If we consider the utility of an immunoassay screen, we might determine that the lack of specificity provided by many immunoassay types is undesirable. A physician prescribing hydrocodone and clonazepam will expect a positive opiate screen and a positive benzodiazepine screen. However, positive results alone are unclear, as the physician may wonder if the patient is taking the right opiate and the right benzo. For this reason, a less specific screening method is not as desirable in a setting where positive test results are the norm. With this in mind, many pain management labs lean toward using a more specific mass spectrometry-based screen, although there are a few caveats that must be considered for this approach.

Immunoassay vs. Mass Spectrometry

It is not unusual for the concepts of quantitation and confirmation to be incorrectly intertwined with the concept of specificity—a concept that is unique to the method being used and its performance characteristics. Thus, an immunoassay can be quite specific and at times even more sensitive than a comparable mass spectrometry-based assay. For example, immunoassays for cannabinoids cross react broadly with various cannabinoids resulting in fairly specific results and adequate sensitivity. In contrast, mass spectrometry-based methods typically target a single cannabinoid metabolite, and though very specific, such methods may lack sensitivity due to the inherent specificity.

It is important to remember that quantitation can be achieved with virtually any method by use of standard concentrations for comparison. Further, qualitative results can be reported from various methods as well, even methods such as mass spectrometry that have been used conventionally to report quantitative results. Overall, specificity is the primary goal of pain management testing. This can be achieved through the use of mass spectrometry, immunoassays, or any method proven to provide the required specificity. Alternatively, quantitation is often a more expensive process due to the need for calibration standards, and requires significantly more quality control effort. Further, in the case of mass spectrometry, quantitation often requires the use of isotopically labeled internal standards in order to provide the expected degree of accuracy and precision. For these reasons, it is perhaps best to provide qualitative results, and use mass spectrometry to ensure specific results without the need for follow-up testing.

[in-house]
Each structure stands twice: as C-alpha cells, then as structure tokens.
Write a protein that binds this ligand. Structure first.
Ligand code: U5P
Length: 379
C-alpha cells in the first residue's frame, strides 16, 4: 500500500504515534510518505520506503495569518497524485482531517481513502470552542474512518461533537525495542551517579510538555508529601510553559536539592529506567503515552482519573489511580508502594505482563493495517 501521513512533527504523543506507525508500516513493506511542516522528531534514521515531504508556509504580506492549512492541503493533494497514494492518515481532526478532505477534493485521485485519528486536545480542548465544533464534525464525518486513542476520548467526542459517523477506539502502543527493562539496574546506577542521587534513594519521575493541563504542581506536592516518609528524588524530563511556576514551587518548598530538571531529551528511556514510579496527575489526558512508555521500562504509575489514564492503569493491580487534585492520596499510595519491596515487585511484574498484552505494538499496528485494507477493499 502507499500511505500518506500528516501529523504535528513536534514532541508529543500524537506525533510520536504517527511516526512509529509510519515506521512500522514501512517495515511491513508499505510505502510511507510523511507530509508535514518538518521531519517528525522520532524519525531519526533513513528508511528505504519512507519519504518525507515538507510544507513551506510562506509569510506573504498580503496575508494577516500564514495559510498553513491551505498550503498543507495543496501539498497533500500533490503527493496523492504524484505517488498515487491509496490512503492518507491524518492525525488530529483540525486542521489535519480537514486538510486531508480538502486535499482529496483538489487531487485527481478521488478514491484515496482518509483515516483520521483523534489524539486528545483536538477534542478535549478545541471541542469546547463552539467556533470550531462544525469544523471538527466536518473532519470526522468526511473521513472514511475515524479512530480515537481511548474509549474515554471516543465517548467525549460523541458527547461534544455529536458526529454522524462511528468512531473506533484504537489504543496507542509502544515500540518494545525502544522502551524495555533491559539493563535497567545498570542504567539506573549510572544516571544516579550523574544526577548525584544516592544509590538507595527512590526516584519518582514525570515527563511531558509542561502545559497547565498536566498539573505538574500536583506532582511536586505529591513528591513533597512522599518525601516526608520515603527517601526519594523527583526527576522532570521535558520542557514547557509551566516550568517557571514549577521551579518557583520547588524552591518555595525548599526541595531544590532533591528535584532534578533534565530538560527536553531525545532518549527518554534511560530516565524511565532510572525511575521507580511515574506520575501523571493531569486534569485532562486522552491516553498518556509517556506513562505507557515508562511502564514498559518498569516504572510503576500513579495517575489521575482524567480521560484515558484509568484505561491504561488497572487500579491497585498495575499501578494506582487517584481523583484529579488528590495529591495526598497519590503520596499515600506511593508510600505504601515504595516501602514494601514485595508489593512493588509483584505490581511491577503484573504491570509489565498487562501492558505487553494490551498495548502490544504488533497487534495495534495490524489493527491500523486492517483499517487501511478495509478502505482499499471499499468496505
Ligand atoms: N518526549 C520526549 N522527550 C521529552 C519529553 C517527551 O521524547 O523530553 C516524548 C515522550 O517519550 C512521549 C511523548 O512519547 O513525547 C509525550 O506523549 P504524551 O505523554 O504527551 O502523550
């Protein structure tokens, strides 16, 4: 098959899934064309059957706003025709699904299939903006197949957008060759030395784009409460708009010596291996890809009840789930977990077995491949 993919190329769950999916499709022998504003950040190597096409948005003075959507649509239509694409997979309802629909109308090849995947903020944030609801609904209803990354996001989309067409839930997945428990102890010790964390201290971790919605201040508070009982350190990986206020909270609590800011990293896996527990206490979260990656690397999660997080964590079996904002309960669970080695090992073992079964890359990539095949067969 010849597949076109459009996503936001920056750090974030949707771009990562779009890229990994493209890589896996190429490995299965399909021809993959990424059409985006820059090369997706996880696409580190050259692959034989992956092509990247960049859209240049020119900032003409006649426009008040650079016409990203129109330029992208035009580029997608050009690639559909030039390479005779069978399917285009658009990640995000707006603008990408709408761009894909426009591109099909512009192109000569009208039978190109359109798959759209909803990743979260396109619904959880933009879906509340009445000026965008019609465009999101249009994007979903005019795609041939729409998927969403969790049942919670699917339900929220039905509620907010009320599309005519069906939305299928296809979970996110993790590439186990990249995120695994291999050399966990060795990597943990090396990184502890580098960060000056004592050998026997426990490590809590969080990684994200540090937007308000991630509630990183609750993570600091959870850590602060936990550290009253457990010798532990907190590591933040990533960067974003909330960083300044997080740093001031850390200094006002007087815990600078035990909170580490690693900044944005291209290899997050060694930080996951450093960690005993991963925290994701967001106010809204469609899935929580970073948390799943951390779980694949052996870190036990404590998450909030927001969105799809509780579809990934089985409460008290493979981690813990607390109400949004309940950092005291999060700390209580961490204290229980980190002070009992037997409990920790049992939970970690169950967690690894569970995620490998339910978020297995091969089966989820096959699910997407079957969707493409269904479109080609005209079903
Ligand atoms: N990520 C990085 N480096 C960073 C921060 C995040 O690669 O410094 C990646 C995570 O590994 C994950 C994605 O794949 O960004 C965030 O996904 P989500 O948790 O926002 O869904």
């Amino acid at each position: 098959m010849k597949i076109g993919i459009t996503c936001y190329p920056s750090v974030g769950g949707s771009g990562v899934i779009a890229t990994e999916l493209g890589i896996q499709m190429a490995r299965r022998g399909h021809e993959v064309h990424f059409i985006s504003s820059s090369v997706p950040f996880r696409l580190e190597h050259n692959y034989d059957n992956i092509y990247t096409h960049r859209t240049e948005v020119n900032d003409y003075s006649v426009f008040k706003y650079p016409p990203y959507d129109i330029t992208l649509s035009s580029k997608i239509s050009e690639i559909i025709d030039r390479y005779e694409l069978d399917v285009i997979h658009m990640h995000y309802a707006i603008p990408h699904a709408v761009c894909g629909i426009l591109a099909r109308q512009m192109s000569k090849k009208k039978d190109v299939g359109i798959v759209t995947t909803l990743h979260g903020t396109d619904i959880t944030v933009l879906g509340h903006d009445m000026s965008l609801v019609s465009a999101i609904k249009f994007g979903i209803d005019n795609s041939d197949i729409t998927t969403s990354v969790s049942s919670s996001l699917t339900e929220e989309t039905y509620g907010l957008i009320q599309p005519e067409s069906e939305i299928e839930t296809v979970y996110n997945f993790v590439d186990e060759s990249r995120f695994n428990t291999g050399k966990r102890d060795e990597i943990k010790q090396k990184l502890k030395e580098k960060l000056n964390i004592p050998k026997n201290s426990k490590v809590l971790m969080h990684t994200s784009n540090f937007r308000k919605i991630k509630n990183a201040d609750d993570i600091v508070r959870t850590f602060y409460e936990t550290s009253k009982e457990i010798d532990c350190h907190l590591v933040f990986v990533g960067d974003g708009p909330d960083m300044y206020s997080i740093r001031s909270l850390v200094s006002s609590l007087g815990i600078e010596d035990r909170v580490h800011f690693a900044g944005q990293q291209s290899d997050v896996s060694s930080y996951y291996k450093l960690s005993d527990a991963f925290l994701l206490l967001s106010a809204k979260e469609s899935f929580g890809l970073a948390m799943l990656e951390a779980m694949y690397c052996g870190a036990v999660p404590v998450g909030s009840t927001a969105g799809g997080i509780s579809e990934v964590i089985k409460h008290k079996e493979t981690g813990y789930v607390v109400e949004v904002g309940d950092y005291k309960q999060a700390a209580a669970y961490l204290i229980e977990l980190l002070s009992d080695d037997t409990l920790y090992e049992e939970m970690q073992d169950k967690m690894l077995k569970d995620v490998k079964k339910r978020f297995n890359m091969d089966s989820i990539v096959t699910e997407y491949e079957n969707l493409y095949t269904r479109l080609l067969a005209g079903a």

Troubleshoot True Compliance

As fair warning, the decision to provide qualitative results will likely encounter resistance, with some of the expected criticism warranted. For example, if PRESENT is the only test result that would be provided for a patient being prescribed oxycodone, how is the physician to ascertain if this is true compliance or a fraudulent, direct addition of oxycodone to the urine? The answer here is not necessarily to rethink testing strategy and simply provide quantitation; even an oxycodone result of PRESENT 2200 ng/mL is not very informative on its own. Alternatively, we need to focus on what differentiates ingestion from simple post-collection addition. The answer is that with a well-designed test, additional metabolites should be included. In the example above, rather than simply reporting a result of PRESENT for oxycodone only, the presence of additional metabolites could be provided, such as noroxycodone, noroxymorphone, and oxymorphone. In the case of ingestion, we would expect to report oxycodone and at least noroxycodone as PRESENT. In the event expected metabolites are absent, the result becomes less consistent with ingestion and more indicative of an attempt to falsely indicate compliance. With this in mind, it is clear that compliance testing must incorporate relevant metabolites where possible to help with interpretation.

Determine Best Use of Mass Spectrometry